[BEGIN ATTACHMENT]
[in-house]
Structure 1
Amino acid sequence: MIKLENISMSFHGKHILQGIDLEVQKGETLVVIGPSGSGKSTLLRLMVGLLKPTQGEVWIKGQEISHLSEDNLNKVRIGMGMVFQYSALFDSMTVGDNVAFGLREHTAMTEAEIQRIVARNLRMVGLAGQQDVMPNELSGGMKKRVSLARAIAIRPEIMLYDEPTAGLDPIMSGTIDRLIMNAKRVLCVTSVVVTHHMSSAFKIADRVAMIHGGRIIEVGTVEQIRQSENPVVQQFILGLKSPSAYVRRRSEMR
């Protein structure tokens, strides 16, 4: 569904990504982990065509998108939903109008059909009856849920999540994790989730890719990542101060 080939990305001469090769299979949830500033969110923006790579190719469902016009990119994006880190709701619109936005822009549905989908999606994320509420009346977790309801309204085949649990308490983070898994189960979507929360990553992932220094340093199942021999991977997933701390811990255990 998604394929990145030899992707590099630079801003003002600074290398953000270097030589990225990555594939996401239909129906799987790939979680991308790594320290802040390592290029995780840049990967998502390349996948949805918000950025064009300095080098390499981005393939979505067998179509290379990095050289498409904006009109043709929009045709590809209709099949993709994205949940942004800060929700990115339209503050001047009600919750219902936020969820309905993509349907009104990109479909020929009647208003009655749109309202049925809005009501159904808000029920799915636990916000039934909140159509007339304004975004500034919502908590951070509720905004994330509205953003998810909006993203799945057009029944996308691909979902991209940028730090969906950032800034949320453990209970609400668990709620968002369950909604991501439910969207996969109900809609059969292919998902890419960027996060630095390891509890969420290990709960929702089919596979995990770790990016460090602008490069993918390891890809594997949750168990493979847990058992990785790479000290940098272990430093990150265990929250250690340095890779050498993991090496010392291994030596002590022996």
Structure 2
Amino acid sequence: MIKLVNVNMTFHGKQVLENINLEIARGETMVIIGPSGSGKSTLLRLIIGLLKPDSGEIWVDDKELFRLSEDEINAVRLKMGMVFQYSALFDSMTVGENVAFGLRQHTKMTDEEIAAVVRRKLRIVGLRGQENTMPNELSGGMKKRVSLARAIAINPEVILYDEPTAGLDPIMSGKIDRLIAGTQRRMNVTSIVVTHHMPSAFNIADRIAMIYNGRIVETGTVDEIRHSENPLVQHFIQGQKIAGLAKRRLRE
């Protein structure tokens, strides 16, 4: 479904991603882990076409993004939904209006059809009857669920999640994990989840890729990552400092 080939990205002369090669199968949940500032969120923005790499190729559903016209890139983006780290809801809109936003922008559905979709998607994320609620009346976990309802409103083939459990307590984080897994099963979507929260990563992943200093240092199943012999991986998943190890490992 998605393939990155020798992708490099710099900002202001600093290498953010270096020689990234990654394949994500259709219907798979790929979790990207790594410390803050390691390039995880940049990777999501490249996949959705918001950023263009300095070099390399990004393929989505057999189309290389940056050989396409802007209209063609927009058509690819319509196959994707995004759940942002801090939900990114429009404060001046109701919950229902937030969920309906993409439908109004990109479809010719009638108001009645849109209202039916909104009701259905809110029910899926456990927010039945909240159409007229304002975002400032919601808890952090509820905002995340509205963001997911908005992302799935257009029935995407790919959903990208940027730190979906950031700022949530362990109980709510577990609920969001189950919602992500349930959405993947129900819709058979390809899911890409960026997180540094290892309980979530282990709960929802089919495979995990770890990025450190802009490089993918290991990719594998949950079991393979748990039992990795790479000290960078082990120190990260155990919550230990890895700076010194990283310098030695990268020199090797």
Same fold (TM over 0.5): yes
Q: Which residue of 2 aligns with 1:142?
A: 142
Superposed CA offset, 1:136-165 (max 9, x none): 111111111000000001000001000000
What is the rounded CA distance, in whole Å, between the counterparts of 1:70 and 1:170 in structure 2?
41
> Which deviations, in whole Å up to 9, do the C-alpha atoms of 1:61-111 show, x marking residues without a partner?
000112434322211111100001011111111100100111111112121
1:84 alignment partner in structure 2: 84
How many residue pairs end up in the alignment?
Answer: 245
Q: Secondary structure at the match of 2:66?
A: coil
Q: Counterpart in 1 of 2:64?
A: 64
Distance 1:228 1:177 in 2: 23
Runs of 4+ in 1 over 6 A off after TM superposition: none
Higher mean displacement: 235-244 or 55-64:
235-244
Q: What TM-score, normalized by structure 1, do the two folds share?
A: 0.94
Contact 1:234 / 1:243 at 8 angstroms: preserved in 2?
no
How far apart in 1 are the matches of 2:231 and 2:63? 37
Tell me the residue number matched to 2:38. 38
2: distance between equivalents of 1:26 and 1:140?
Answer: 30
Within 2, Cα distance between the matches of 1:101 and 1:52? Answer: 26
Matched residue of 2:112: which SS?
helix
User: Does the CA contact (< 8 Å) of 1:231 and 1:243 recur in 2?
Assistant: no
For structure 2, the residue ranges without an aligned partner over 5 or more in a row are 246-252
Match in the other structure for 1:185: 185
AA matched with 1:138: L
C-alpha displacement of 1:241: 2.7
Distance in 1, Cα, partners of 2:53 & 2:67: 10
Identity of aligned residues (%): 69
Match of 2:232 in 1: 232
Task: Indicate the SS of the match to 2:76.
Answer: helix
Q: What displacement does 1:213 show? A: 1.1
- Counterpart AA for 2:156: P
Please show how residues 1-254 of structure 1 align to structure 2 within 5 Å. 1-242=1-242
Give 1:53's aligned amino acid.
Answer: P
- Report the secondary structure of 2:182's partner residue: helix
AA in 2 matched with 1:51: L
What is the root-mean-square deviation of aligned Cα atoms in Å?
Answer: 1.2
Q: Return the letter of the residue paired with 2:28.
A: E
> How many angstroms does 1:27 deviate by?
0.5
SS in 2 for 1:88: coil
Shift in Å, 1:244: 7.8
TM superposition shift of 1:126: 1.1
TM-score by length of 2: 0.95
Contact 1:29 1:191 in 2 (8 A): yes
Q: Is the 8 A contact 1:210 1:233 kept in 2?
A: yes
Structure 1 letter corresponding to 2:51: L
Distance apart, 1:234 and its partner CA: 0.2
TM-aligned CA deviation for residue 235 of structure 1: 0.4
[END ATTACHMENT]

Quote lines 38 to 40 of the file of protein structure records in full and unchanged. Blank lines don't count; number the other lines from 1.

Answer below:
User: Does the CA contact (< 8 Å) of 1:231 and 1:243 recur in 2?
Assistant: no
For structure 2, the residue ranges without an aligned partner over 5 or more in a row are 246-252